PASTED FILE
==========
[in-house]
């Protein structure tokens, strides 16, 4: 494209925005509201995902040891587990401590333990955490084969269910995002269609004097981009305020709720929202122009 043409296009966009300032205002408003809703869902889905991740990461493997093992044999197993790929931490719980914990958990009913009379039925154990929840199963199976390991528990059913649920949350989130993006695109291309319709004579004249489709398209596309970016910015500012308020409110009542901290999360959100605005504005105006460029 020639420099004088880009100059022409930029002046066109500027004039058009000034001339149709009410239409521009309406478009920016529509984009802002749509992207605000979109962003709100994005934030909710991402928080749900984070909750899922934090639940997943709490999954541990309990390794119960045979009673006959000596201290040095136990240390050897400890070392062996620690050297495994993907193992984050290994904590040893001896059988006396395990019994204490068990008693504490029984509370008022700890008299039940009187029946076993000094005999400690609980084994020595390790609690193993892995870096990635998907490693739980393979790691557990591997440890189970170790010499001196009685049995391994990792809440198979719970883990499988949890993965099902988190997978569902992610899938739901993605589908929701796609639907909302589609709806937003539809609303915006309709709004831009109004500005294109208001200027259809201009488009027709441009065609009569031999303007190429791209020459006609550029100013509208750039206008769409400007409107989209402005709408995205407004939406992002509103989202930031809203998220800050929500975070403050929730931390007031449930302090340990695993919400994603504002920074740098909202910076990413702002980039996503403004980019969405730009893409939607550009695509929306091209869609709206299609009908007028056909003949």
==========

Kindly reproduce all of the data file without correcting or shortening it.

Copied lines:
[in-house]
């Protein structure tokens, strides 16, 4: 494209925005509201995902040891587990401590333990955490084969269910995002269609004097981009305020709720929202122009 043409296009966009300032205002408003809703869902889905991740990461493997093992044999197993790929931490719980914990958990009913009379039925154990929840199963199976390991528990059913649920949350989130993006695109291309319709004579004249489709398209596309970016910015500012308020409110009542901290999360959100605005504005105006460029 020639420099004088880009100059022409930029002046066109500027004039058009000034001339149709009410239409521009309406478009920016529509984009802002749509992207605000979109962003709100994005934030909710991402928080749900984070909750899922934090639940997943709490999954541990309990390794119960045979009673006959000596201290040095136990240390050897400890070392062996620690050297495994993907193992984050290994904590040893001896059988006396395990019994204490068990008693504490029984509370008022700890008299039940009187029946076993000094005999400690609980084994020595390790609690193993892995870096990635998907490693739980393979790691557990591997440890189970170790010499001196009685049995391994990792809440198979719970883990499988949890993965099902988190997978569902992610899938739901993605589908929701796609639907909302589609709806937003539809609303915006309709709004831009109004500005294109208001200027259809201009488009027709441009065609009569031999303007190429791209020459006609550029100013509208750039206008769409400007409107989209402005709408995205407004939406992002509103989202930031809203998220800050929500975070403050929730931390007031449930302090340990695993919400994603504002920074740098909202910076990413702002980039996503403004980019969405730009893409939607550009695509929306091209869609709206299609009908007028056909003949």